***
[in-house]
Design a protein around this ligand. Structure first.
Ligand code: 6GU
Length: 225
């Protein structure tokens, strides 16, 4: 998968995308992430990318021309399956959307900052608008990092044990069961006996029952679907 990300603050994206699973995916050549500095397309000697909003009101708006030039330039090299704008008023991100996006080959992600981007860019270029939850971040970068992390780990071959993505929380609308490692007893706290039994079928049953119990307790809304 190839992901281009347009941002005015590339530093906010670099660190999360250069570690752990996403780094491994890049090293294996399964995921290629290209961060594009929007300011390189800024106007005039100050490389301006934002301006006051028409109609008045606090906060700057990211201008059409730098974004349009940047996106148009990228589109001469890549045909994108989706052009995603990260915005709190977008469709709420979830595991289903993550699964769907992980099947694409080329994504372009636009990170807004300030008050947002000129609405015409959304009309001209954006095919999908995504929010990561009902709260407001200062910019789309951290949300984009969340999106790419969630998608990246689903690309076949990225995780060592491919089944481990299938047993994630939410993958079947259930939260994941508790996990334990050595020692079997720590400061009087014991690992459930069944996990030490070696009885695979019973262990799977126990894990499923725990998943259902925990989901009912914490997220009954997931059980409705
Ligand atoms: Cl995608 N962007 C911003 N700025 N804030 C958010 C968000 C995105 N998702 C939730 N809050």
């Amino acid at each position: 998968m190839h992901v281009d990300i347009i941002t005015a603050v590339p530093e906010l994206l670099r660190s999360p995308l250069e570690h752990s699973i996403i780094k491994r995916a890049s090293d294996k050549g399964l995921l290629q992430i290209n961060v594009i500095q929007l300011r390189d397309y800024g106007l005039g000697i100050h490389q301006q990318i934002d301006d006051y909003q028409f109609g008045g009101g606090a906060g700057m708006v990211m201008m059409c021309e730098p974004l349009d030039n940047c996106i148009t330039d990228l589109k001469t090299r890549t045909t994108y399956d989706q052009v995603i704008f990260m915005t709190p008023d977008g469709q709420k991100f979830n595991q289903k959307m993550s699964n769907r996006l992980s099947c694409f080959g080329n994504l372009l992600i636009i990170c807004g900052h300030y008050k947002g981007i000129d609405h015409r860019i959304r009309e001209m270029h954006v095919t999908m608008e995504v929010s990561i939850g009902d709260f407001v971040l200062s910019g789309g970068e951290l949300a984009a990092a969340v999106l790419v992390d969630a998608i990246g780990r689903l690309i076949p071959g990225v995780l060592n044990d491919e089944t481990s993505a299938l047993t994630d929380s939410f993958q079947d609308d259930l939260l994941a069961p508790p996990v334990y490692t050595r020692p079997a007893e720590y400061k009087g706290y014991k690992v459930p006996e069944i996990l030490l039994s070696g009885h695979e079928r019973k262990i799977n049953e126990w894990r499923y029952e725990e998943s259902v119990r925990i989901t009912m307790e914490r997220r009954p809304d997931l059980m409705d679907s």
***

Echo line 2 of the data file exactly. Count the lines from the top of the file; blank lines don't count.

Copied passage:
Design a protein around this ligand. Structure first.